Oprah May Have Rigged Contest, But Zach Anner Still Wins

The question of whether or not Oprah Winfrey rigged votes in an online reality show contest in favor of an African-American woman may not matter much anymore. Zach Anner, the 25-year-old man with cerebral palsy from Austin, Texas, now leads the contest by two million votes, according to the latest tally:

Zach Anner: 8,233,812 votes

Dr. Phyllis: 6,509,838 votes

But that still doesn't negate claims of wrongdoing on the part of the media maven and network officials. In what is turning into quite the public relations nightmare, if not something even more dicey, telling, and unethical, Oprah Winfrey's television network has launched an internal investigation into claims they really wanted Dr. Phyllis, an African American, to win.


Anner, who has already become an instant celebrity and doesn't even need Oprah's clout anymore, does not believe that the media maven could be behind any of this herself. He told Entertainment Weekly:

“(Oprah) is probably too busy building schools and helping children to even notice someone like me. I’m grateful for everyone’s continued support and to Oprah for giving me this opportunity. Thanks again, happy travels, and keep being sexy!”

How could you not love this guy? Even recording artist John Mayer gave his endorsement in a video blog.

The contest for "Your OWN Show" has been running on Oprah's website for over a month. Visitors watch audition tapes from regular-people contestants and vote for the one they feel should get their own show on the new network, which launches in January.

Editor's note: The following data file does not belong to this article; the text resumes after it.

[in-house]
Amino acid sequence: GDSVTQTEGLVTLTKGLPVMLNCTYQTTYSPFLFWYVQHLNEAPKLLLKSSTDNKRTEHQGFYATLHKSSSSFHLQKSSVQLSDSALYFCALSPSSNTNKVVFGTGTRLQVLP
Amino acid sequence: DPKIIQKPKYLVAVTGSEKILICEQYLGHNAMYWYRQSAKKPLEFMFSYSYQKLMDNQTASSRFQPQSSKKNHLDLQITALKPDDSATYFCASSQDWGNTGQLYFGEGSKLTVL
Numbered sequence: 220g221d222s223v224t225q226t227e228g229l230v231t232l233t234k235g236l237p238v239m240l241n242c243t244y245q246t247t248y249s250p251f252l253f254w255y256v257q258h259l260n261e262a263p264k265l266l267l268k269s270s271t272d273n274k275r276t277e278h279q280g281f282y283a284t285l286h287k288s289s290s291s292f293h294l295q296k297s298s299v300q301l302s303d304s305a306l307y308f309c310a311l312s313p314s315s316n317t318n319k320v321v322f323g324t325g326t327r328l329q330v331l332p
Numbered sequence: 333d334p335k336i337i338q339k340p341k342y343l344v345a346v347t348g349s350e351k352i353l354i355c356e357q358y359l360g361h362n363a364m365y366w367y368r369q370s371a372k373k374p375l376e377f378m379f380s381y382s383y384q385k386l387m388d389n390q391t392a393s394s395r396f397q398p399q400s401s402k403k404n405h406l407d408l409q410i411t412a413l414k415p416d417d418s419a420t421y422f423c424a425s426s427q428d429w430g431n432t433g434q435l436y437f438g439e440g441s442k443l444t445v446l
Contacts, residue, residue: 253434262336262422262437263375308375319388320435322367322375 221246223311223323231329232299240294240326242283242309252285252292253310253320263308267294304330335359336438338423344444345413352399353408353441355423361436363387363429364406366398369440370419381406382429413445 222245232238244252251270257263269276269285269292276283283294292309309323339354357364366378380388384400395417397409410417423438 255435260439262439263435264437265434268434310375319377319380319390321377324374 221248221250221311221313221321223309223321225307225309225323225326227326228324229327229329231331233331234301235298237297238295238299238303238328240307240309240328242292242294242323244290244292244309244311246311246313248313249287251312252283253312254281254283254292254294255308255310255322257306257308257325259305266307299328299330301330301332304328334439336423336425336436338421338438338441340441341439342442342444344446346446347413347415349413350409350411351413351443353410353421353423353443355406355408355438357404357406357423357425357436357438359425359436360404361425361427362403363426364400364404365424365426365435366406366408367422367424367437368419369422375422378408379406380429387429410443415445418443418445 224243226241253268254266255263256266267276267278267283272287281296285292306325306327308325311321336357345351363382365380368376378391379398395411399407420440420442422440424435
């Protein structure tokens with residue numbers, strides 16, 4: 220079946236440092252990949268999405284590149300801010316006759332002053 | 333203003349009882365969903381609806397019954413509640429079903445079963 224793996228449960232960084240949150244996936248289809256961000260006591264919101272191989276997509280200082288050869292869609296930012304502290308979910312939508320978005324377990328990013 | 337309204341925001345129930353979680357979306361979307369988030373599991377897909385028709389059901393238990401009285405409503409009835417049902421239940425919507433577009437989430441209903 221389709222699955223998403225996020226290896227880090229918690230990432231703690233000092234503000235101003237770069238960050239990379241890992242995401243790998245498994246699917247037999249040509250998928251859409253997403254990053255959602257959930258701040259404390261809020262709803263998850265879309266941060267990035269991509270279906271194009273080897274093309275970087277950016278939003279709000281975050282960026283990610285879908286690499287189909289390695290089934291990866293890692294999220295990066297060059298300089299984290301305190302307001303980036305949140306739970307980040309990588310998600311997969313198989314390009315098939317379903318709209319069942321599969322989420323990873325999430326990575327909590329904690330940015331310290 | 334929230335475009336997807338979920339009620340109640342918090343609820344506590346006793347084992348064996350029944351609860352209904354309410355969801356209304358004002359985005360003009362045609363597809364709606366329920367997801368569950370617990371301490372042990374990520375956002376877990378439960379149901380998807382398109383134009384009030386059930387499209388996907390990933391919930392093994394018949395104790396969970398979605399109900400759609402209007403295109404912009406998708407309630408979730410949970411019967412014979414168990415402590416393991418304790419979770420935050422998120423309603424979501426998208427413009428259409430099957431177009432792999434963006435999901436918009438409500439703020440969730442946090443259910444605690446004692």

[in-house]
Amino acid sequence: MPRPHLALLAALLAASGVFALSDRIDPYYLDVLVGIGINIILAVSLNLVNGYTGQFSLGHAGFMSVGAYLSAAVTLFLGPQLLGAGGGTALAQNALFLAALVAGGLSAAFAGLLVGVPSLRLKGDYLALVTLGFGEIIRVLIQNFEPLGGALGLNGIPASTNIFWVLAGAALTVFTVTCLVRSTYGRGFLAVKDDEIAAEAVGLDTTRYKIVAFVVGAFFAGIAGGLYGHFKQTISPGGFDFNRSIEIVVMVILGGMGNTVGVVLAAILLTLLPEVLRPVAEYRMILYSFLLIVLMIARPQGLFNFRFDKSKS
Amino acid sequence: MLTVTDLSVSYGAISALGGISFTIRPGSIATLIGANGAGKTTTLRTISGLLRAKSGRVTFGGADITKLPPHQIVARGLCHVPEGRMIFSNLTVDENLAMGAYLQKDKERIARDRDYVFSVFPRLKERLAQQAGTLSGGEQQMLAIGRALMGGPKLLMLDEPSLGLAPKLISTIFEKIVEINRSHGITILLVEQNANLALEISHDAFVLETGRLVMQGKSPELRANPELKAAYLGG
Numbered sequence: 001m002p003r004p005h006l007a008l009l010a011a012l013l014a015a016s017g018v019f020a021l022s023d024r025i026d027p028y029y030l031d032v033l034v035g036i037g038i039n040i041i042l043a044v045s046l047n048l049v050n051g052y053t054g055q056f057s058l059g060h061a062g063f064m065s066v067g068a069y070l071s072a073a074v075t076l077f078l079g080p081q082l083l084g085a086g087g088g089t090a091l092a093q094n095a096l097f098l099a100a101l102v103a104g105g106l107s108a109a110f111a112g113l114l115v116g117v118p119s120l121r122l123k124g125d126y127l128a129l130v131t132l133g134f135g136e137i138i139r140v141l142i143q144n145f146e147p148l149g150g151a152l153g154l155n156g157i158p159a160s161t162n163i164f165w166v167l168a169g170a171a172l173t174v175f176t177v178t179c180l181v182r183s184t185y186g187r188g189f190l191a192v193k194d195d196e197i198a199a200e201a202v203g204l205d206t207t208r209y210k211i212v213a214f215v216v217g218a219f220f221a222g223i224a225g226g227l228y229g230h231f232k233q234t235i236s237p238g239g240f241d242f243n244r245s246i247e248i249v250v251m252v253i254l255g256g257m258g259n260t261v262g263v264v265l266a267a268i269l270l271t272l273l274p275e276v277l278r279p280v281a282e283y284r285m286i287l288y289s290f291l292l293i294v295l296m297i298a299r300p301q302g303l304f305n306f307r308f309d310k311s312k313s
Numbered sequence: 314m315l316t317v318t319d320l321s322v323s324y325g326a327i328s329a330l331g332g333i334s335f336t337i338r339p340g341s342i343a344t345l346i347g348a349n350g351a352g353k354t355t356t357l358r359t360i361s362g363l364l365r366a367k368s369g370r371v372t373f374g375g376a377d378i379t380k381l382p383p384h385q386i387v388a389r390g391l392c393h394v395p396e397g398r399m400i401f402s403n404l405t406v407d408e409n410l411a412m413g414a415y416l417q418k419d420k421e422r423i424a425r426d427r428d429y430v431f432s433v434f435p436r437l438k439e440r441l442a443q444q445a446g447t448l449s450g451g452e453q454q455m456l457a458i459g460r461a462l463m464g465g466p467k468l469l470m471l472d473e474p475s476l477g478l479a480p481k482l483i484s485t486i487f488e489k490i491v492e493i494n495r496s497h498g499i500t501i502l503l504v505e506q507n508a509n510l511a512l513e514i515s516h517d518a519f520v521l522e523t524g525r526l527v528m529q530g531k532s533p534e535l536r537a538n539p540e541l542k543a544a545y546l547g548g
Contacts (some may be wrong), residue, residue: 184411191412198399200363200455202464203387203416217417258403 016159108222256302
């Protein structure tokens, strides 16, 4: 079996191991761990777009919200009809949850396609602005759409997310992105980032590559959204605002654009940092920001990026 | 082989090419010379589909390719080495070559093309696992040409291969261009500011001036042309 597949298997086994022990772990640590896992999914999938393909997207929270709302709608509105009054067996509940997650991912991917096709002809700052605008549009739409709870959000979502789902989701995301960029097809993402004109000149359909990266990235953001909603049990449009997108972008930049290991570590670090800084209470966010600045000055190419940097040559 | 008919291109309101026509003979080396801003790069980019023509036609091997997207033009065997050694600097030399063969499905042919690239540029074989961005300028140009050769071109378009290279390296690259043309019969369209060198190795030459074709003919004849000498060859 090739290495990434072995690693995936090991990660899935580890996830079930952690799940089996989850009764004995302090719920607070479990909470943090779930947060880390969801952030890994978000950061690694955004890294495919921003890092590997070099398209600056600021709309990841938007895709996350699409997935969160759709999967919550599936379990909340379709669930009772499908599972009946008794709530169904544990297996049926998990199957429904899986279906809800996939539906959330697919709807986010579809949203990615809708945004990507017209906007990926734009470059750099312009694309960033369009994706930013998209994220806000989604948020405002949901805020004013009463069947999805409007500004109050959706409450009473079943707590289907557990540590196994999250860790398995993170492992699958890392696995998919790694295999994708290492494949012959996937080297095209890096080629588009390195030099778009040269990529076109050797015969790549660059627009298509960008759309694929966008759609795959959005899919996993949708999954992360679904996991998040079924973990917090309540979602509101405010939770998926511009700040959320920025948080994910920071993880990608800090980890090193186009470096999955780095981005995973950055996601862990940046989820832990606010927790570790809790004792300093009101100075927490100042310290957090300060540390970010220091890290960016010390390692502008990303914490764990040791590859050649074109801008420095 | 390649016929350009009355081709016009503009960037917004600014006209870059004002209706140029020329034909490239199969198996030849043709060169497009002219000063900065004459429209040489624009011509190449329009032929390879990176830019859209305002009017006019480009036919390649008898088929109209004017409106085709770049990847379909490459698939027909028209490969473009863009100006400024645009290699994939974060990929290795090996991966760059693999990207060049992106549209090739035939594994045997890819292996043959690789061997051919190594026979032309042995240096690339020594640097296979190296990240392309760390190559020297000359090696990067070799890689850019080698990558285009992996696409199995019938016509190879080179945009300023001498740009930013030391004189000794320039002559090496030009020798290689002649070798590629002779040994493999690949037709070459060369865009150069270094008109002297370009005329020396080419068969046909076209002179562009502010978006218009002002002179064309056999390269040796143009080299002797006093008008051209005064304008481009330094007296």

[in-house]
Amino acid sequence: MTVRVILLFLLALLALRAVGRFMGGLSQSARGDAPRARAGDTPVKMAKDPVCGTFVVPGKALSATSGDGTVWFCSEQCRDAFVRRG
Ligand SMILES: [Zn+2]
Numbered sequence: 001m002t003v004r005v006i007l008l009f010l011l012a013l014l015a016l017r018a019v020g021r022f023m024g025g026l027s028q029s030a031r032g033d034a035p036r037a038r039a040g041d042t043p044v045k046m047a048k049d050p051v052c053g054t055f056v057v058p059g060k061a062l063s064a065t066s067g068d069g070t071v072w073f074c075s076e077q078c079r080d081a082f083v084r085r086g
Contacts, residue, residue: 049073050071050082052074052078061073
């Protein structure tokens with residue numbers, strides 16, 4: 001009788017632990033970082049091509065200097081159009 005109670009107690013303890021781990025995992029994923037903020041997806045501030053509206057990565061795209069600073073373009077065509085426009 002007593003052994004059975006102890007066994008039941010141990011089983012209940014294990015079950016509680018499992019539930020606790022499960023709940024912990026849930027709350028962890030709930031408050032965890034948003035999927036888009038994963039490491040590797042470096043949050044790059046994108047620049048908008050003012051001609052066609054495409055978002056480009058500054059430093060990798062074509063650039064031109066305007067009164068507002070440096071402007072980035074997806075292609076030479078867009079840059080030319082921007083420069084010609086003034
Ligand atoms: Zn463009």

As of the other day, the clear leader was Anner, who proposed doing a travel show featuring real world challenges and dilemmas, like getting stuck on a mountain or losing your luggage.

Then, Dr. Phyllis mysteriously and miraculously garnered 600,000 votes in the span of an hour, putting her in the lead. Her idea for a reality show about teachers is good, but not as good, interesting, and important as what Anner could bring to the public consciousness about people with physical handicaps.

Anner endears you to him right away, both with his great sense of humor and his confidence and acceptance of who he is and what he has. And his looks don't hurt, either. You could imagine him being the high-school basketball star if not for his disability.

We are a superficial society. Looks and perfection have become a standard, not a preference. Anner can help to expand the recognition and acceptance of people with disabilities.

As Mayer himself says to Anner: "When you perform and express yourself, I think you come across less confined than people who don't have a disability. Your chair goes away."

Wherever this sudden rash of publicity leads you, Zach, whether it's a show with Oprah or another network, I wish you great travels. With my vote, you're now at 8,233,813.


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